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A Study Of Student Reported Out Of Class Time Devoted To Engineering Technology Courses

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2007 Annual Conference & Exposition


Honolulu, Hawaii

Publication Date

June 24, 2007

Start Date

June 24, 2007

End Date

June 27, 2007



Conference Session

Factors Affecting Student Performance

Tagged Division

Engineering Technology

Page Count


Page Numbers

12.128.1 - 12.128.10



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Paper Authors


Carmine Balascio University of Delaware

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Carmine C. Balascio, Ph.D, P.E. is an Associate Professor in the Dept. of Bioresources Eng. at the Univ. of DE. He earned bachelor’s degrees in Agricultural Engineering Technology and Mathematics from U.D. He received a Ph.D. double major in Agricultural Engineering and Engineering Mechanics from Iowa State University. He teaches courses in surveying, soil mechanics, and storm-water management and has research interests in urban hydrology and water resources engineering.

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Eric Benson University of Delaware

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Eric Benson, Ph.D., is an Assistant Professor in the Dept. of Bioresources Eng. at the Univ. of DE. He earned his bachelor’s degree in Agricultural Engineering Technology from U.D. He received his M.S. and Ph.D. in Agricultural Engineering from the University of Illinois at Urbana-Champaign. He teaches courses in computer programming, instrumentation and applied controls and has research interests in applied poultry engineering, machine vision, and controls.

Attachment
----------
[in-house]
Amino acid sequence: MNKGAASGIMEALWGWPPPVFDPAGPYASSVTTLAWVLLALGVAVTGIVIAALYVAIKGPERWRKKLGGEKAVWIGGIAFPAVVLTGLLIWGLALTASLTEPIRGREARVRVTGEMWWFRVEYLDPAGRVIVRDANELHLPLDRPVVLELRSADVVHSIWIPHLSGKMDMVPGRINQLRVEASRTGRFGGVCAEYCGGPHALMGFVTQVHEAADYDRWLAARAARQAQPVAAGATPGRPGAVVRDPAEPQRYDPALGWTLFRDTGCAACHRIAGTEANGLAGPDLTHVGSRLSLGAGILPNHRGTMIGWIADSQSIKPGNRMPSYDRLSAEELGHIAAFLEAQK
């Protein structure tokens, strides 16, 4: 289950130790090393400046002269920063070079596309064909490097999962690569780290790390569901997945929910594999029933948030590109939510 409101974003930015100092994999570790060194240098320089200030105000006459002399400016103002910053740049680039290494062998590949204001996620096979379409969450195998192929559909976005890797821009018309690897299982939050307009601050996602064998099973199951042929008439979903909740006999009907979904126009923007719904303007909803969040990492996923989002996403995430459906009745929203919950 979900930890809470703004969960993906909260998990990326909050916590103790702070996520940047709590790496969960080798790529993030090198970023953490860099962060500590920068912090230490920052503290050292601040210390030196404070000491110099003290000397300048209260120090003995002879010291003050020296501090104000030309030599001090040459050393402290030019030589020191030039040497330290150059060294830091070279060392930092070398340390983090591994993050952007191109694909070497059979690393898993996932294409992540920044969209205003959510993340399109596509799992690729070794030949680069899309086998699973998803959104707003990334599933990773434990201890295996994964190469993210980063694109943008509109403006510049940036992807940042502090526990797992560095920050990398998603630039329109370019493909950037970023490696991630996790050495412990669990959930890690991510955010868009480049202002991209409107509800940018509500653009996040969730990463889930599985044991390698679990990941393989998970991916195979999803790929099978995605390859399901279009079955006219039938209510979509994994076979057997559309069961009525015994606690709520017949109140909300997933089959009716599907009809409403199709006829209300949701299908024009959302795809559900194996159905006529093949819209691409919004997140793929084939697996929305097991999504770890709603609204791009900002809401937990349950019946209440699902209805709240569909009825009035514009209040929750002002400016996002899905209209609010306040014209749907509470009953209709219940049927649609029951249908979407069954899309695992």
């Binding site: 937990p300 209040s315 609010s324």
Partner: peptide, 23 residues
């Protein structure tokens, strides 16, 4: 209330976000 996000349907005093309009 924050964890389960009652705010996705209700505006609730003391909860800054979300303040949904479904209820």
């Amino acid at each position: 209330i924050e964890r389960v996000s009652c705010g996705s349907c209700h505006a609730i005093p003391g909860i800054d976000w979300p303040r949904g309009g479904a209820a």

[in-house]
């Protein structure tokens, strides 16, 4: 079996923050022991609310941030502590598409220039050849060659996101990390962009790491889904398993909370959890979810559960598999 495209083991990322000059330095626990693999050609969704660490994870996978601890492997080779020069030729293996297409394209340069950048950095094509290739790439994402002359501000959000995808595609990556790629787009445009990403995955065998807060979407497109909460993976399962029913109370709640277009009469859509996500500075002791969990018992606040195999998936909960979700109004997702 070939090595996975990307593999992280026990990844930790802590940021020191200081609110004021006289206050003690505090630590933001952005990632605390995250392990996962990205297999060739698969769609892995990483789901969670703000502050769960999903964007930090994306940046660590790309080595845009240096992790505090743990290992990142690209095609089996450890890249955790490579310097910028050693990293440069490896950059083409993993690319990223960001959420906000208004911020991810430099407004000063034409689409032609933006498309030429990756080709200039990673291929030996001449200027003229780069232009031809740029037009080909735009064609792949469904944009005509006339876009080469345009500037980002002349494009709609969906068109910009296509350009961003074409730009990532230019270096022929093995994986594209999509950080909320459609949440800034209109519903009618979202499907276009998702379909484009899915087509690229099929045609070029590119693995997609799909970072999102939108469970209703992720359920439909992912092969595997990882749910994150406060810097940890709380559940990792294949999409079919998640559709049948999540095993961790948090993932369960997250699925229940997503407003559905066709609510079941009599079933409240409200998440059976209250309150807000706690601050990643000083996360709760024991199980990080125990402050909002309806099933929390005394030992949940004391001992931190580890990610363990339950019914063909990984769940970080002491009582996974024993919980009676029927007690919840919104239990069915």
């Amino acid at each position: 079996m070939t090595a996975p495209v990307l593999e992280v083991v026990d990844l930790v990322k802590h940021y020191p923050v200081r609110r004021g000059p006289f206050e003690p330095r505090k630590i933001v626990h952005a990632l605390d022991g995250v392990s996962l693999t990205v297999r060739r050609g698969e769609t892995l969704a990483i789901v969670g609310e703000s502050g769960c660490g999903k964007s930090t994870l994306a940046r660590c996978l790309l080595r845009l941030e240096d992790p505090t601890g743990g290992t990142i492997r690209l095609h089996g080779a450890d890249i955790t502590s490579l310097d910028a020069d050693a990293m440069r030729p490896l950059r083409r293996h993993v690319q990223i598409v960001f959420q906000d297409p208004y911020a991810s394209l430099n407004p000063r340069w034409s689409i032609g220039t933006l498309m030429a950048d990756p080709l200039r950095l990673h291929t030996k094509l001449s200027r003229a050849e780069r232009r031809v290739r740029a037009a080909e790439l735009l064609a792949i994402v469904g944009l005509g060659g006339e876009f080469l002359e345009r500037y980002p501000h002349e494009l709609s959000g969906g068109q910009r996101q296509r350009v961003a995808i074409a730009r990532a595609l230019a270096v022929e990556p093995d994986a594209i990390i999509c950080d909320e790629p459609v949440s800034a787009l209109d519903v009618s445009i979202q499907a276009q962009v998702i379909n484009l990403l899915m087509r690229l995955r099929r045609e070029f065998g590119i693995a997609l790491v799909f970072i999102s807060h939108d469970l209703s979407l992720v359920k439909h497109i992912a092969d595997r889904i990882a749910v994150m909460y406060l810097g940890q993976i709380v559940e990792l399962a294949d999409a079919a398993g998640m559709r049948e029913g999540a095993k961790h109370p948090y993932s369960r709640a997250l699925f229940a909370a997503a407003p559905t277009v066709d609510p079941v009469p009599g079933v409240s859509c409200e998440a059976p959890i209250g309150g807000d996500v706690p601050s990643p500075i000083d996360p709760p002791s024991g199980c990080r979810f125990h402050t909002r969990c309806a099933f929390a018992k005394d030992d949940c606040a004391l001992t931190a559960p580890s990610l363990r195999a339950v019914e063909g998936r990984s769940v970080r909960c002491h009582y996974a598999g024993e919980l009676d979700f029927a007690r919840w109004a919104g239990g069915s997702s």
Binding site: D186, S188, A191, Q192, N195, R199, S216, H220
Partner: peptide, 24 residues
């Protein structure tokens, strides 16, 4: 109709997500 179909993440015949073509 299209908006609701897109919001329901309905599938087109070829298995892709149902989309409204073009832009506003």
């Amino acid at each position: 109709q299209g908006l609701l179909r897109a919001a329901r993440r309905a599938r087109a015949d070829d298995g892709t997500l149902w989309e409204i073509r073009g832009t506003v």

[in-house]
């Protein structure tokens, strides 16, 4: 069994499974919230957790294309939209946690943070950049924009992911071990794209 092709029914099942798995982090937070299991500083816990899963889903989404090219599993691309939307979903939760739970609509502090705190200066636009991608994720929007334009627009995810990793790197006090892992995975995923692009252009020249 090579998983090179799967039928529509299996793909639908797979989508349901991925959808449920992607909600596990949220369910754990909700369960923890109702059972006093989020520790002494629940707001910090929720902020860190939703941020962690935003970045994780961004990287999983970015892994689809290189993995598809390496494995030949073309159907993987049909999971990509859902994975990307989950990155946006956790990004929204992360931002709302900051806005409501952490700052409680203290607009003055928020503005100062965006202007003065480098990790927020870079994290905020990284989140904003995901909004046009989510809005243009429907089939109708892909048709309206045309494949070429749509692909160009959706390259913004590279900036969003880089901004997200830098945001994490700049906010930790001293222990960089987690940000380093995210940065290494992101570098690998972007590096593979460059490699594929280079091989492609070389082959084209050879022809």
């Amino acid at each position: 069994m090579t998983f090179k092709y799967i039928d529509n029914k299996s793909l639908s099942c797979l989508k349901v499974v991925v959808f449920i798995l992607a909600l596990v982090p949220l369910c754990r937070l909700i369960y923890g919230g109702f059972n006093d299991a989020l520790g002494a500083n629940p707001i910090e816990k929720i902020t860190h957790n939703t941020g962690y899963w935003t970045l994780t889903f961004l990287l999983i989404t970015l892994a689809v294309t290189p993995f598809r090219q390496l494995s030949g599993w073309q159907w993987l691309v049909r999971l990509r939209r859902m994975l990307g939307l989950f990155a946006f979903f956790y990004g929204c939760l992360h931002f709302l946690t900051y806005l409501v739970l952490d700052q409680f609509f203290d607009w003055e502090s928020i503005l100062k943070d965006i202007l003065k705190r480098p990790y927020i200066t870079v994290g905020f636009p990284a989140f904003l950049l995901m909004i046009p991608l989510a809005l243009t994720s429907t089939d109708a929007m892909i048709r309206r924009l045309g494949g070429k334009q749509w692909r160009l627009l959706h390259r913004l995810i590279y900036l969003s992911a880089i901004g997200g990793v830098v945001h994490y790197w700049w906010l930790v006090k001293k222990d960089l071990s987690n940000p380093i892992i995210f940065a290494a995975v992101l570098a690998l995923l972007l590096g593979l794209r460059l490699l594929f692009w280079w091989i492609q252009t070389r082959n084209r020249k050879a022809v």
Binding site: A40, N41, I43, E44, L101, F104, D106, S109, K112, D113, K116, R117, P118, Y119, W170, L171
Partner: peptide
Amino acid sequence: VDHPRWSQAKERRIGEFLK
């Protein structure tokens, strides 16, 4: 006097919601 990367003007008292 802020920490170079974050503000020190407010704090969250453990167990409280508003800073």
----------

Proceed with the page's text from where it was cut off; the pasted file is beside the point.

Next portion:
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Lawrence Hotchkiss University of Delaware

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Lawrence Hotchkiss, Ph.D, is a statistical consultant working in IT User Services at the University of Delaware. He earned a Ph.D. in Sociology with a concentration in methods and statistics at the University of Wisconsin, Madison. He is an active member of the Delaware Chapter of the American Statistical Association (currently Treasurer, Membership Chair and webmaster). He maintains a lively interest in statistical methodology with particular interest in analysis of dynamic data.

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William Balascio University of Delaware

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William Balasio, P.E., is an electrical engineer with Carew Associates in Wilmington, Delaware. He earned an M.S. in Systems Engineering from the University of Pennsylvania. His professional career spans over 25 years. He has taught an engineering technology PLC course at the University of Delaware for over 15 years.

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NOTE: The first page of text has been automatically extracted and included below in lieu of an abstract

A Study of Student-Reported Out-of-Class Time Devoted to Engineering Technology Courses